24/11/2016 Chiswick Curates, Antiquities
Carving Nature in Stone: A Roman marble torso of Silvanus
Silvanus deus est silvarum, ‘Silvanus is the god of the forests’ (Servius, Eclog. 10.26.1)
One of the highlights of the next Antiquities sale is a Roman marble torso of the god Silvanus, dating to the 2nd Century A.D.
Silvanus is a woodland deity who protects the forests and countryside, with his name deriving from the Latin word silva, meaning 'wood; forest'. Usually depicted as a bearded, elderly figure, he is even referred to by Horace as ‘father’ (pater, Epodes 2.22) and acts as a protective father-figure, looking after the forest with the wisdom of his old age. Wearing an animal skin and holding fruit and pine cones, his rustic charm harks back to the pastoral mythical Golden Age of Italy, where abundant nature flourished and the fields brimmed with produce without anyone lifting a finger.
“And the ground, without any hard work at all,
Will pour out its new little gifts for you, young boy;
The ivy with the cyclamen, wandering far and wide,
And the beans mixing and mingling with the smiling acanthus.”
(Virgil, Eclogues, 4.18-20)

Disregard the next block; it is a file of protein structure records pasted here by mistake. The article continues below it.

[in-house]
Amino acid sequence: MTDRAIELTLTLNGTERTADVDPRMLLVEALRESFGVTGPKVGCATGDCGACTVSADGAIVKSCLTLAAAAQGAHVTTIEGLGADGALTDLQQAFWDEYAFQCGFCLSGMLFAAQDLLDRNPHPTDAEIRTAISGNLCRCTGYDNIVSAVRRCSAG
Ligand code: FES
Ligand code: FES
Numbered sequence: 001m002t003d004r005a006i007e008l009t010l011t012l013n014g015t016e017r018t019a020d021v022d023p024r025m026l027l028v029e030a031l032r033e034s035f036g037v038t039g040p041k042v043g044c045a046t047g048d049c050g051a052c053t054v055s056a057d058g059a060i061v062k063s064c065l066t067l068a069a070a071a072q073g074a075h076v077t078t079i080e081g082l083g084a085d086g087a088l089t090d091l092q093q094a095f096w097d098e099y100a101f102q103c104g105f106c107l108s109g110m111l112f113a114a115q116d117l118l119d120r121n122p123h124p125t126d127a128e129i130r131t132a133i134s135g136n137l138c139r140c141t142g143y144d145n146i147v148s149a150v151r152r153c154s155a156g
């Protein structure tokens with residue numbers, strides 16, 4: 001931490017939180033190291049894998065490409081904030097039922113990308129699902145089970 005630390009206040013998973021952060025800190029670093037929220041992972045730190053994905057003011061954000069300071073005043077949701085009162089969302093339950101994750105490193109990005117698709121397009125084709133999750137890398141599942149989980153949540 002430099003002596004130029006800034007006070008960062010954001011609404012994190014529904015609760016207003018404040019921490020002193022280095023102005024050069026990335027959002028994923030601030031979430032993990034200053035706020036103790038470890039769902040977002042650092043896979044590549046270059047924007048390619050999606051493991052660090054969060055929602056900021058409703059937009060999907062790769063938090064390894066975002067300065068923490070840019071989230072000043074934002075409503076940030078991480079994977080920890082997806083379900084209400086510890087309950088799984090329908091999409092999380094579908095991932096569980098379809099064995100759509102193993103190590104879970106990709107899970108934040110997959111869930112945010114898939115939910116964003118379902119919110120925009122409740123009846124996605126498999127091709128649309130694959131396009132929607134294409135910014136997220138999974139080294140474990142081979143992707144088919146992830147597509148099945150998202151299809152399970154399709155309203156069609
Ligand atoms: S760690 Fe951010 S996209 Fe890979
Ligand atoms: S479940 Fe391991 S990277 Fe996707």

This nostalgia for the humbler origins of Rome was important throughout the Empire. First encouraged by Augustus to counter the horror and violence of the Civil War that had abounded for so many years at the end of the Roman Republic, the new Empire was presented as a second Golden Age for Rome. The cult of Silvanus then became particularly popular during the reign of Hadrian, as the deity became associated with Hadrian's favourite, Antinous, especially with his associations with fertility and abundance. Usually famed for his love of everything Greek, Hadrian found a particular place in his reign for this very Roman god.
This piece is a wonderful example of this charming deity, with such fine detail on the animal skin and fruits that he bears. It is a rare delight to be able to pick out each of the items gathered in his cloak individually. This figure has been part of a UK family collection for around fifty years and is looking for a new home for the next fifty.
He has been bringing a little taste of the countryside and woodland into my office in the city. Perhaps he can watch over your own corner of nature, big or small, from a house cactus in a London flat to the fields and forests of the countryside.
For more information on Silvanus, see Doroey, P.F., The Cult of Silvanus: A Study in Roman Folk Religion, Leiden, New York and Köln, 1992.
This lovely figure will be going on sale in the Chiswick Auctions Antiquities and Tribal Art sale on 7 December 2016, with an estimate of £8,000-12,000. Please contact me on firstname.lastname@example.org for more information.